2 Phrases Currently Sabotaging Your Resume

Before you go, we thought you'd like these...
resume form on white


If you're looking for an easy way to make sure your resume is up to par, look no further. A quick scan for the following two phrases will tell you everything you need to know.

But before we get to that, let's quickly agree on one key point: A resume is not about what you can do, what you're supposed to do or what you should do, given your professional title. It's about what you have done – concrete examples of your career achievements.

Most resumes outline specific employment information and then provide a list of three to five bullet point statements for each position held. These bullets are the real meat of the document. They tell people what you did, how you did it and the impact your actions had. Unfortunately, I see a lot of bad practices in this area.

The two phrases below are key indicators that your resume might be working against you. When I see these phrases, I can guess that the resume in hand will be one of two things: a bland restatement of a job description or a generic list of skills that the writer may or may not possess.

In either case, these phrases are warnings that revision is probably needed. Take a peek and then check your resume. If needed, take some time to rework your bullet points.

1. "Responsible for..." This phrase is a neon sign that tells the reader you're listing job duties and not accomplishments. For example, consider this resume bullet point: "Responsible for completing monthly inventory audits."

Reading this bullet point, few recruiters or hiring managers would be impressed. In fact, it might have them scratching their heads. You were responsible for it, but did you actually do it?

Instead of focusing on the task, why not focus on how you did that task in an exceptional way and achieved something special for the organization?

Perhaps your audits revealed inaccuracies in the tracking systems, for which you were then able to recommend improvements. Maybe you identified some kind of fraud or recognized a problem with over-purchasing.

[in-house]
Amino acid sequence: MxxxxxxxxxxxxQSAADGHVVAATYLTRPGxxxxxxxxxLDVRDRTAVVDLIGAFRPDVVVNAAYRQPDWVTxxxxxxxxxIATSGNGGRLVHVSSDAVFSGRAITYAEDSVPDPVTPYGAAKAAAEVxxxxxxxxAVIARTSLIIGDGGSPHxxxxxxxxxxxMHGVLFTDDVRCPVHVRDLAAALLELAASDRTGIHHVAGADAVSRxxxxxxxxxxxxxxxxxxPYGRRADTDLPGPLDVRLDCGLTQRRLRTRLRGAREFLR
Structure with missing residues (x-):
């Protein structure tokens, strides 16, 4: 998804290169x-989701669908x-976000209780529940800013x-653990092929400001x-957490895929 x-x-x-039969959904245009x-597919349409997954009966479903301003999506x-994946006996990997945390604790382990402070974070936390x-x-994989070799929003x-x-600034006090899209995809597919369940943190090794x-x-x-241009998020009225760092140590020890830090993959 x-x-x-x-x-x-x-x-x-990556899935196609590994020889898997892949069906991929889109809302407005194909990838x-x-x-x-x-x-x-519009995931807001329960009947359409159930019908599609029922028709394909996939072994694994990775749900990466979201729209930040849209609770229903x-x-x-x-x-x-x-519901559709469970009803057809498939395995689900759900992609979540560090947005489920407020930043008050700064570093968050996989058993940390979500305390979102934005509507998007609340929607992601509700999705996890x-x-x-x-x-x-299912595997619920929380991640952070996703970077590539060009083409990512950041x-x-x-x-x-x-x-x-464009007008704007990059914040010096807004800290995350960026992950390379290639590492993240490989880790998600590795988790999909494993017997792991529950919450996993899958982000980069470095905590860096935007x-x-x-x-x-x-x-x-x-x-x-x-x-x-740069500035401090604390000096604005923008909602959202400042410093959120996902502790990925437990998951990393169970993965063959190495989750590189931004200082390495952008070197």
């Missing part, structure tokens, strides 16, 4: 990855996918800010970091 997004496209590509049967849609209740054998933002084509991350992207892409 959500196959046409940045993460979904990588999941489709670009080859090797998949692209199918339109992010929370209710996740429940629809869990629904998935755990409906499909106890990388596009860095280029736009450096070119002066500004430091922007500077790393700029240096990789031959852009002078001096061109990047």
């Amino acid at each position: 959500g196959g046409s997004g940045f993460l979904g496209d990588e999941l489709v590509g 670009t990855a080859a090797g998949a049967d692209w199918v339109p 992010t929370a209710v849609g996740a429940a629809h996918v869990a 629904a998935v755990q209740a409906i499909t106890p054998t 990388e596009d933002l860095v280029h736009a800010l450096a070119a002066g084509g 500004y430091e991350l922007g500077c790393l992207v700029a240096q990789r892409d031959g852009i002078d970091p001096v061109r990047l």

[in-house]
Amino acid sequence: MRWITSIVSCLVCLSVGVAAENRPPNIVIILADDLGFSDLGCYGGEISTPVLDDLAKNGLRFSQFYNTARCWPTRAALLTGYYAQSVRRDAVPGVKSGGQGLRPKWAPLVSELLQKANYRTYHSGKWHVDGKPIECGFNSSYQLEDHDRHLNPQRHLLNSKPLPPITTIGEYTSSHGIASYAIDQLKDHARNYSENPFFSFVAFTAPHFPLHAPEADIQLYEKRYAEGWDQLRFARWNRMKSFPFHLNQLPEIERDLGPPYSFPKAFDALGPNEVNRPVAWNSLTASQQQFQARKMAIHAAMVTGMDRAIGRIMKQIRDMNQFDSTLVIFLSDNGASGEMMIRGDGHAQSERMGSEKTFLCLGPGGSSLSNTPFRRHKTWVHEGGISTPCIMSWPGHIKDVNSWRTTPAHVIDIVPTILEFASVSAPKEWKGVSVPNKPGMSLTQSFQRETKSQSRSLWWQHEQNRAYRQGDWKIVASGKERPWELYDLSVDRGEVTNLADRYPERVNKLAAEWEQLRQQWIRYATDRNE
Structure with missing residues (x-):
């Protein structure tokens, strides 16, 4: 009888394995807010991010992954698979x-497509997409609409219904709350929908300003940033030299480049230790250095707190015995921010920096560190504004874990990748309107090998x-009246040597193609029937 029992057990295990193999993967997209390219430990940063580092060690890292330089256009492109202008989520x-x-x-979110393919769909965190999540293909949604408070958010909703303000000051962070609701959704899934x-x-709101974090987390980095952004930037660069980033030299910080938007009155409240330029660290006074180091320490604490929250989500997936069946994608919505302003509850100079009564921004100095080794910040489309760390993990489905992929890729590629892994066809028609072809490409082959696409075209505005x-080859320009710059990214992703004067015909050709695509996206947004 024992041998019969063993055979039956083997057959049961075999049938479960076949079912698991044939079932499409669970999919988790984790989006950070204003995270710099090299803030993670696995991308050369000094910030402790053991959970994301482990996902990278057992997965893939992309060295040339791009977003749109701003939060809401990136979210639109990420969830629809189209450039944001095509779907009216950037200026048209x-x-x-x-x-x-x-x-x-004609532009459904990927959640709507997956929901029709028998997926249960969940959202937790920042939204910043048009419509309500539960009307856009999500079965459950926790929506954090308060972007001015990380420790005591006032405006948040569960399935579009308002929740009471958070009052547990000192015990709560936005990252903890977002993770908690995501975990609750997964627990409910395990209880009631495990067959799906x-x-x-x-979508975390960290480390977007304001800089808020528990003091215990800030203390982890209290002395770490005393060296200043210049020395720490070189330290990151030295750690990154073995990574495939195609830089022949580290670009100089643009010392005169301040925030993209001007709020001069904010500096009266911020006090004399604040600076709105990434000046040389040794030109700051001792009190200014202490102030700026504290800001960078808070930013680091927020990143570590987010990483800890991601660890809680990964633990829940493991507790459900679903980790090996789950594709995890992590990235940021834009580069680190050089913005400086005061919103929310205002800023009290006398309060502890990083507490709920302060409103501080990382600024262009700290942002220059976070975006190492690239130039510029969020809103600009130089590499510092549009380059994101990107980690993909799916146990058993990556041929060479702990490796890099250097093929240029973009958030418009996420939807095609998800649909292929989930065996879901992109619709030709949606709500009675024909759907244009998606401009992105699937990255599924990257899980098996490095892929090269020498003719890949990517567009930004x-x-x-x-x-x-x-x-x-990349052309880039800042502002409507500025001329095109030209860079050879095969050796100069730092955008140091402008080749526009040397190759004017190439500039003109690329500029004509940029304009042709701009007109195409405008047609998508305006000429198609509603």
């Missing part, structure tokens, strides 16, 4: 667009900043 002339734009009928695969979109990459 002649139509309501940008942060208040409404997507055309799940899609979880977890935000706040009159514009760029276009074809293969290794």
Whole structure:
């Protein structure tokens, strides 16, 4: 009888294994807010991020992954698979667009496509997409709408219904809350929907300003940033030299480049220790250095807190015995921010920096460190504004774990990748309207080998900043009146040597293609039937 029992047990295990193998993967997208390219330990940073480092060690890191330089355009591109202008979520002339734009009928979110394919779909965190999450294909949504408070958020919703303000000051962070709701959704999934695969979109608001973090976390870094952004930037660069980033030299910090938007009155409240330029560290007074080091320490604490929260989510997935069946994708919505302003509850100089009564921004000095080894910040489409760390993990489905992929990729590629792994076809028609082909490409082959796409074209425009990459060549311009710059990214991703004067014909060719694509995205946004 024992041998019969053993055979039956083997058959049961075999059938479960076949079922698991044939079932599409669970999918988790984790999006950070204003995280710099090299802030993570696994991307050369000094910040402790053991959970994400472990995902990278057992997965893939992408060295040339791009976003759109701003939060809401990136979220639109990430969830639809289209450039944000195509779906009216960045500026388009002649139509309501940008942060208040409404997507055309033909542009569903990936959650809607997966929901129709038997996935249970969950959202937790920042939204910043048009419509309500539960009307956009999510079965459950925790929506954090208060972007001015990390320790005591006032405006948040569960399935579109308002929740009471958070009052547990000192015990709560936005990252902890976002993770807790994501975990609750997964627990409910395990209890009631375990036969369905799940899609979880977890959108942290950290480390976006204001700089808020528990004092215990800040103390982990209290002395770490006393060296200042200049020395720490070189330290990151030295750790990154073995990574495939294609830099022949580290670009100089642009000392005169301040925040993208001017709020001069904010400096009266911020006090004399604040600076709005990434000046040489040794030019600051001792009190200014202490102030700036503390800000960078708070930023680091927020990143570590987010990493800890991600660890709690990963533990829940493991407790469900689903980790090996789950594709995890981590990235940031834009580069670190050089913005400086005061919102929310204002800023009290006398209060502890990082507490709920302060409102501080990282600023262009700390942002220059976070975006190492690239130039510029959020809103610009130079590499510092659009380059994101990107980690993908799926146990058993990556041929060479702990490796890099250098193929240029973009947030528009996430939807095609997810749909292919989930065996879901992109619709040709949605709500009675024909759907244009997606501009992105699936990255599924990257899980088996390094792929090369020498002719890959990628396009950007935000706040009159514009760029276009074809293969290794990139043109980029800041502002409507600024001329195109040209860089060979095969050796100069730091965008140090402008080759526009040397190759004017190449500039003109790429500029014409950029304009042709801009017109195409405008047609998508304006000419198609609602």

It's also possible that you never encountered any abnormalities at all, and the best you can do is point to your record of timely completion and meticulous attention to detail. That's okay, too. Include it. Just rephrase the sentence and start it with a powerful action verb.

2. "Ability to..." This phrase suggests that you can do something but it doesn't actually say you've done it. It's a broad statement that points to a skill but offers no tangible proof. For example, consider the following resume bullet point: "Ability to gain consensus and work well in collaborative environments."

It sounds lovely but is essentially meaningless. How does the person reading the resume know this is true? He doesn't. You're asking the reader to take a leap and just trust you.

Instead, why not articulate a specific time in which you actually did gain consensus? Or mention a project in which you successfully collaborated with a team. Even better, see if you can identify a specific result that came of that experience – something that positively impacted the organization in some way. Reword the sentence so it starts with a powerful action verb and provides evidence for the skill you claim to have.

If you can't cite a specific instance in which you successfully used the skill, it's not something that belongs in the bullet point statements on your resume.

Remember that when revising a resume, the vast majority of your time should be spent on making those bullet point statements really pop. It takes time and effort, but the payoff is well worth it. Remove these two phrases and you'll be one step closer.
Read Full Story

People are Reading